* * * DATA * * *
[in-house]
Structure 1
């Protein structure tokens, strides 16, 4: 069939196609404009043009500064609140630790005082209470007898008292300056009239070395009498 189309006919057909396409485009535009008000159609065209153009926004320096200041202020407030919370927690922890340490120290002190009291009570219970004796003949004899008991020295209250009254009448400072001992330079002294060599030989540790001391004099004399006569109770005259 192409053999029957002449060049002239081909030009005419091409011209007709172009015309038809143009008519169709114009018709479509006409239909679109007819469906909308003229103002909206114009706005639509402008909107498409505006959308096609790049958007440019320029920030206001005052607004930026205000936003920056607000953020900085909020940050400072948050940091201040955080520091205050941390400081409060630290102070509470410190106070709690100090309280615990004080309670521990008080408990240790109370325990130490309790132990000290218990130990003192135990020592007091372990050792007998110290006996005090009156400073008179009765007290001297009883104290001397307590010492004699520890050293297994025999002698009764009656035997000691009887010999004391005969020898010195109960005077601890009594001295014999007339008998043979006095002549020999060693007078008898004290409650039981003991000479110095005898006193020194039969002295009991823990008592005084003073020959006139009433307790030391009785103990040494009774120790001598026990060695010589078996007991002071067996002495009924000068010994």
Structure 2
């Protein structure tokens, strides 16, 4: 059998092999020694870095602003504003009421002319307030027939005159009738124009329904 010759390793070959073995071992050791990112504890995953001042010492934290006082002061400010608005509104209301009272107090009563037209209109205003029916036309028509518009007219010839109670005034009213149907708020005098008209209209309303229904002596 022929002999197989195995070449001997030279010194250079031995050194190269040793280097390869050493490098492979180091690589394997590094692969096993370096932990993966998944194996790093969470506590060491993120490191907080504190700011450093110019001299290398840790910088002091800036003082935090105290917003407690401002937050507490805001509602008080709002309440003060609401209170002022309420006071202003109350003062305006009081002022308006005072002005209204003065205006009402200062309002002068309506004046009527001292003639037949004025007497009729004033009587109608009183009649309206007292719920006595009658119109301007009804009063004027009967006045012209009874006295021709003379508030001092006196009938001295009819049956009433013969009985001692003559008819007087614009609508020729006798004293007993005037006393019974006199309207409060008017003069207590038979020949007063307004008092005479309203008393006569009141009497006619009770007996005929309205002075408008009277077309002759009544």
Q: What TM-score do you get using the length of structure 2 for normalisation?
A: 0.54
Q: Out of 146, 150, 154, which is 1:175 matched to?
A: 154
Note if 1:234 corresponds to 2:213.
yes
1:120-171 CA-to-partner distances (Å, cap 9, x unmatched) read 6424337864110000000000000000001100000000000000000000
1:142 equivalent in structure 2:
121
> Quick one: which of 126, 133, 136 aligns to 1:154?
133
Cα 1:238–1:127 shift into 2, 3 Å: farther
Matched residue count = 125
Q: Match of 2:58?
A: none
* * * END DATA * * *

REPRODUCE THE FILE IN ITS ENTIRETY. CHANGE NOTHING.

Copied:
[in-house]
Structure 1
């Protein structure tokens, strides 16, 4: 069939196609404009043009500064609140630790005082209470007898008292300056009239070395009498 189309006919057909396409485009535009008000159609065209153009926004320096200041202020407030919370927690922890340490120290002190009291009570219970004796003949004899008991020295209250009254009448400072001992330079002294060599030989540790001391004099004399006569109770005259 192409053999029957002449060049002239081909030009005419091409011209007709172009015309038809143009008519169709114009018709479509006409239909679109007819469906909308003229103002909206114009706005639509402008909107498409505006959308096609790049958007440019320029920030206001005052607004930026205000936003920056607000953020900085909020940050400072948050940091201040955080520091205050941390400081409060630290102070509470410190106070709690100090309280615990004080309670521990008080408990240790109370325990130490309790132990000290218990130990003192135990020592007091372990050792007998110290006996005090009156400073008179009765007290001297009883104290001397307590010492004699520890050293297994025999002698009764009656035997000691009887010999004391005969020898010195109960005077601890009594001295014999007339008998043979006095002549020999060693007078008898004290409650039981003991000479110095005898006193020194039969002295009991823990008592005084003073020959006139009433307790030391009785103990040494009774120790001598026990060695010589078996007991002071067996002495009924000068010994």
Structure 2
């Protein structure tokens, strides 16, 4: 059998092999020694870095602003504003009421002319307030027939005159009738124009329904 010759390793070959073995071992050791990112504890995953001042010492934290006082002061400010608005509104209301009272107090009563037209209109205003029916036309028509518009007219010839109670005034009213149907708020005098008209209209309303229904002596 022929002999197989195995070449001997030279010194250079031995050194190269040793280097390869050493490098492979180091690589394997590094692969096993370096932990993966998944194996790093969470506590060491993120490191907080504190700011450093110019001299290398840790910088002091800036003082935090105290917003407690401002937050507490805001509602008080709002309440003060609401209170002022309420006071202003109350003062305006009081002022308006005072002005209204003065205006009402200062309002002068309506004046009527001292003639037949004025007497009729004033009587109608009183009649309206007292719920006595009658119109301007009804009063004027009967006045012209009874006295021709003379508030001092006196009938001295009819049956009433013969009985001692003559008819007087614009609508020729006798004293007993005037006393019974006199309207409060008017003069207590038979020949007063307004008092005479309203008393006569009141009497006619009770007996005929309205002075408008009277077309002759009544």
Q: What TM-score do you get using the length of structure 2 for normalisation?
A: 0.54
Q: Out of 146, 150, 154, which is 1:175 matched to?
A: 154
Note if 1:234 corresponds to 2:213.
yes
1:120-171 CA-to-partner distances (Å, cap 9, x unmatched) read 6424337864110000000000000000001100000000000000000000
1:142 equivalent in structure 2:
121
> Quick one: which of 126, 133, 136 aligns to 1:154?
133
Cα 1:238–1:127 shift into 2, 3 Å: farther
Matched residue count = 125
Q: Match of 2:58?
A: none